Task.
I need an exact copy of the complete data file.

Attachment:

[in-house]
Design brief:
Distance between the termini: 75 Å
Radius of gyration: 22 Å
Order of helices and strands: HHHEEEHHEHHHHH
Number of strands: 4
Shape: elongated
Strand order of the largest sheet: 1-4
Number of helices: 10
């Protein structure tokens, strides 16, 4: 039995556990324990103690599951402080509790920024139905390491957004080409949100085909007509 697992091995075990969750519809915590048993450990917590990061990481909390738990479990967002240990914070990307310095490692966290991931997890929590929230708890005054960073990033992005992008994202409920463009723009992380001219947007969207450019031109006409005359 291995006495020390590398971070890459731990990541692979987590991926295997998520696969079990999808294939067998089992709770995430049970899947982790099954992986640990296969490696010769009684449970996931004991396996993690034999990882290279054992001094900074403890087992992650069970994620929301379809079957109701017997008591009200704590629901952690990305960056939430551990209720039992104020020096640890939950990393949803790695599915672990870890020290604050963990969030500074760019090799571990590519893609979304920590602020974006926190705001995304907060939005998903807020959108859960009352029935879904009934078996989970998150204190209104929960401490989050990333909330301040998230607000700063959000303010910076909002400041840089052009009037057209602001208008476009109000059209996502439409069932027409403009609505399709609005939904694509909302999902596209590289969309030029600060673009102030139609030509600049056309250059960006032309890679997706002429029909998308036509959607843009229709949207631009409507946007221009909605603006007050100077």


[in-house]
Design brief:
Distance between the termini: 75 Å
Radius of gyration: 22 Å
Order of helices and strands: HHHEEEHHEHHHHH
Number of strands: 4
Shape: elongated
Strand order of the largest sheet: 1-4
Number of helices: 10
């Protein structure tokens, strides 16, 4: 039995556990324990103690599951402080509790920024139905390491957004080409949100085909007509 697992091995075990969750519809915590048993450990917590990061990481909390738990479990967002240990914070990307310095490692966290991931997890929590929230708890005054960073990033992005992008994202409920463009723009992380001219947007969207450019031109006409005359 291995006495020390590398971070890459731990990541692979987590991926295997998520696969079990999808294939067998089992709770995430049970899947982790099954992986640990296969490696010769009684449970996931004991396996993690034999990882290279054992001094900074403890087992992650069970994620929301379809079957109701017997008591009200704590629901952690990305960056939430551990209720039992104020020096640890939950990393949803790695599915672990870890020290604050963990969030500074760019090799571990590519893609979304920590602020974006926190705001995304907060939005998903807020959108859960009352029935879904009934078996989970998150204190209104929960401490989050990333909330301040998230607000700063959000303010910076909002400041840089052009009037057209602001208008476009109000059209996502439409069932027409403009609505399709609005939904694509909302999902596209590289969309030029600060673009102030139609030509600049056309250059960006032309890679997706002429029909998308036509959607843009229709949207631009409507946007221009909605603006007050100077």